Testing password strength with a simple regex

In a world where the biggest security risk exists between the chair and the keyboard, weak passwords are the quickest way of allowing yourself to be hacked. A brute force attack for a 8 character lowercase password can be done in (micro)seconds. And although you should always protect your application against these attacks ( e.g. allowing three wrong password entries before suspending the account ) I’ve always felt you should be “training” your end-users. Help them create strong passwords so that this specific part of security is the least of your worries when developing a web application.

I’ve been using the the following regular expression for my passwords for some time now.


This regular expression doesn’t set a maximum number of allowed characters but it will check if the password:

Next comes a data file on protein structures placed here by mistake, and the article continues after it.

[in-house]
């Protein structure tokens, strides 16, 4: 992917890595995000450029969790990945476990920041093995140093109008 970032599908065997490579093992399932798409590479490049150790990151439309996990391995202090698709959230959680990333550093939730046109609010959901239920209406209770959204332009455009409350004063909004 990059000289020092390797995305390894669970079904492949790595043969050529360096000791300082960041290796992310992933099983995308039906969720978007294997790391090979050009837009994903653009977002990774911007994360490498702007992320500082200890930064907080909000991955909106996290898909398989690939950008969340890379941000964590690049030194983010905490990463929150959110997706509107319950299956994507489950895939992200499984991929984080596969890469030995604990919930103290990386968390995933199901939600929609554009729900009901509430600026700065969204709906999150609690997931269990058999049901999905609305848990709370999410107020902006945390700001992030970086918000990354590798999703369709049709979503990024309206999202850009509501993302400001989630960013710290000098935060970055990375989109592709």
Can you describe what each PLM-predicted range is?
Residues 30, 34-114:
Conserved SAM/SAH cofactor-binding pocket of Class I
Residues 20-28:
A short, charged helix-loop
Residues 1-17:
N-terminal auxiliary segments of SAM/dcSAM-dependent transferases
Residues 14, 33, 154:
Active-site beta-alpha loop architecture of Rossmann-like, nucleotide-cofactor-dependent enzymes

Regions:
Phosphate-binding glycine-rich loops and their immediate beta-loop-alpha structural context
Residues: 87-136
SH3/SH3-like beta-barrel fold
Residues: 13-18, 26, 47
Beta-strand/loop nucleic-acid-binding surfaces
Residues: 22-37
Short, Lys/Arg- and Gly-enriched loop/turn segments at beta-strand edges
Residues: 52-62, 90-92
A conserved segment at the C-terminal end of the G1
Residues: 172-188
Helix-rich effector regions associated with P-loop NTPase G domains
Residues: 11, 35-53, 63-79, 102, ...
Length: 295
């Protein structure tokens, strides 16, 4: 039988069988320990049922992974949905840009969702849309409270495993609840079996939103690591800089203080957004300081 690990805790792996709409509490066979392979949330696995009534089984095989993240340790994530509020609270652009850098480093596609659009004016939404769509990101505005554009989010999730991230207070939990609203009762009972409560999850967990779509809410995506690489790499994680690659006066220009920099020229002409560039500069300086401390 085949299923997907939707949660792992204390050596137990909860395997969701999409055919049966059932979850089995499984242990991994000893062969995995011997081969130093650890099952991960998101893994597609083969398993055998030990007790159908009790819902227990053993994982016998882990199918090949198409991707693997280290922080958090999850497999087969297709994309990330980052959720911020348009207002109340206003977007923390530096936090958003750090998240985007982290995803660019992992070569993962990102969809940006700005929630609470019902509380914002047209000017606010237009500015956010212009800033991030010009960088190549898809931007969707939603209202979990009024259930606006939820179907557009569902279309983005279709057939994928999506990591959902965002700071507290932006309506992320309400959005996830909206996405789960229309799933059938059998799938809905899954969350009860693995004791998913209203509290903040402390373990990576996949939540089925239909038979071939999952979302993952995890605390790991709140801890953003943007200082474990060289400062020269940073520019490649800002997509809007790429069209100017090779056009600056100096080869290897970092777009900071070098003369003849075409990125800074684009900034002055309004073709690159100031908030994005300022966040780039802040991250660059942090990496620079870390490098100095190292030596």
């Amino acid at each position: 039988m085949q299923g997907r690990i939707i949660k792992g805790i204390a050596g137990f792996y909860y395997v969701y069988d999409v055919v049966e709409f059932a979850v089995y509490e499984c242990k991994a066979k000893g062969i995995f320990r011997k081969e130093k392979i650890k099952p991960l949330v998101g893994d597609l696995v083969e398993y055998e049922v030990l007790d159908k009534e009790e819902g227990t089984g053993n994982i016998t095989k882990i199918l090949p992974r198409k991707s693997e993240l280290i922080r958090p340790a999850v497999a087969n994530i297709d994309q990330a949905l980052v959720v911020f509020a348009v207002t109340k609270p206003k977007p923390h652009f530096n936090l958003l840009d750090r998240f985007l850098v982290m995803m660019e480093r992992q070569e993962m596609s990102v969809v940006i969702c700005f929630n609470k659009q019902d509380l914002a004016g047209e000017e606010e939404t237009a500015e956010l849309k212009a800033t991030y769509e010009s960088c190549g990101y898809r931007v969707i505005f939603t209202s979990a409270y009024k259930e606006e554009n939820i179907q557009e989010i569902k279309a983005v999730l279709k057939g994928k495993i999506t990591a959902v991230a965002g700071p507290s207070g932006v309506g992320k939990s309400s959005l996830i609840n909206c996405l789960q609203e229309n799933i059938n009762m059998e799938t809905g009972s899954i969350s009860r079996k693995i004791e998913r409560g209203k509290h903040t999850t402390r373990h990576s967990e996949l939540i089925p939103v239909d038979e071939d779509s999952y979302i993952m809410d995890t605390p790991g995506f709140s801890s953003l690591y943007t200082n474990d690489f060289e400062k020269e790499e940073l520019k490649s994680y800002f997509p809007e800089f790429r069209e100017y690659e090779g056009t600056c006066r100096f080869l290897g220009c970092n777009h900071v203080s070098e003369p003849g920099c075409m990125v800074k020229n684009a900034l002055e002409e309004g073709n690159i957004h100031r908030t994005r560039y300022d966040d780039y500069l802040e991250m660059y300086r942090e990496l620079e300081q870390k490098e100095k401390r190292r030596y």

• contains at least 1 uppercase letter
  • contains at least 1 lowercase letter
  • contains at least 1 number or special character
  • is at least 8 characters in length

Now if we’d only were able to prevent people from writing down their passwords the world would be a better place for a webdeveloper.

4 Replies to “Testing password strength with a simple regex”

  1. but this is unpractical because you need to tell the user the reason his password is weak and you don’t know where the regex failed, so you need to test each case separately

    1. True, but who does that nowadays? Just a simple text next to the field should be sufficient to alert user on how a password should look like and what it should contain.

  2. You could remove the non-capturing modifier on each of the sub patterns and inspect the matches to find out what parts of the regex failed to match.

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